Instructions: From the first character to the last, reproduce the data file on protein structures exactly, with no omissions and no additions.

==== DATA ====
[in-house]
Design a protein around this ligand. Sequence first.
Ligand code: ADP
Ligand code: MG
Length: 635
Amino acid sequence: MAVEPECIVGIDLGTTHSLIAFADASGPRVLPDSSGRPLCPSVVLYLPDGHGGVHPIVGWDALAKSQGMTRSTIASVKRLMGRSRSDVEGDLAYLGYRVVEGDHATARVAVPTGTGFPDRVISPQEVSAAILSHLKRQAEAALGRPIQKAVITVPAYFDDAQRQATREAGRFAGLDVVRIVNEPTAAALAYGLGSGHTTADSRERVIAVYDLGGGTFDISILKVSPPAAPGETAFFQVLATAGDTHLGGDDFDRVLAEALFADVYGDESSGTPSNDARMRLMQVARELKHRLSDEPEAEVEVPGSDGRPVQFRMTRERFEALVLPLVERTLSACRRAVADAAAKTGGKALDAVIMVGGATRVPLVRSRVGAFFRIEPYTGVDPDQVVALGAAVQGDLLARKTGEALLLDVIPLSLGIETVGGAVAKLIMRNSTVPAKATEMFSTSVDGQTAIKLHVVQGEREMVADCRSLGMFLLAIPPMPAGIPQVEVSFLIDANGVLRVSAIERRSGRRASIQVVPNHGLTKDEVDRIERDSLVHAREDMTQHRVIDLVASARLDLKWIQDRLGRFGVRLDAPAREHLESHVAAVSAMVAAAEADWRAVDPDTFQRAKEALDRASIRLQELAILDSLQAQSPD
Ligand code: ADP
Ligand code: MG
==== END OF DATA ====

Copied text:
[in-house]
Design a protein around this ligand. Sequence first.
Ligand code: ADP
Ligand code: MG
Length: 635
Amino acid sequence: MAVEPECIVGIDLGTTHSLIAFADASGPRVLPDSSGRPLCPSVVLYLPDGHGGVHPIVGWDALAKSQGMTRSTIASVKRLMGRSRSDVEGDLAYLGYRVVEGDHATARVAVPTGTGFPDRVISPQEVSAAILSHLKRQAEAALGRPIQKAVITVPAYFDDAQRQATREAGRFAGLDVVRIVNEPTAAALAYGLGSGHTTADSRERVIAVYDLGGGTFDISILKVSPPAAPGETAFFQVLATAGDTHLGGDDFDRVLAEALFADVYGDESSGTPSNDARMRLMQVARELKHRLSDEPEAEVEVPGSDGRPVQFRMTRERFEALVLPLVERTLSACRRAVADAAAKTGGKALDAVIMVGGATRVPLVRSRVGAFFRIEPYTGVDPDQVVALGAAVQGDLLARKTGEALLLDVIPLSLGIETVGGAVAKLIMRNSTVPAKATEMFSTSVDGQTAIKLHVVQGEREMVADCRSLGMFLLAIPPMPAGIPQVEVSFLIDANGVLRVSAIERRSGRRASIQVVPNHGLTKDEVDRIERDSLVHAREDMTQHRVIDLVASARLDLKWIQDRLGRFGVRLDAPAREHLESHVAAVSAMVAAAEADWRAVDPDTFQRAKEALDRASIRLQELAILDSLQAQSPD
Ligand code: ADP
Ligand code: MG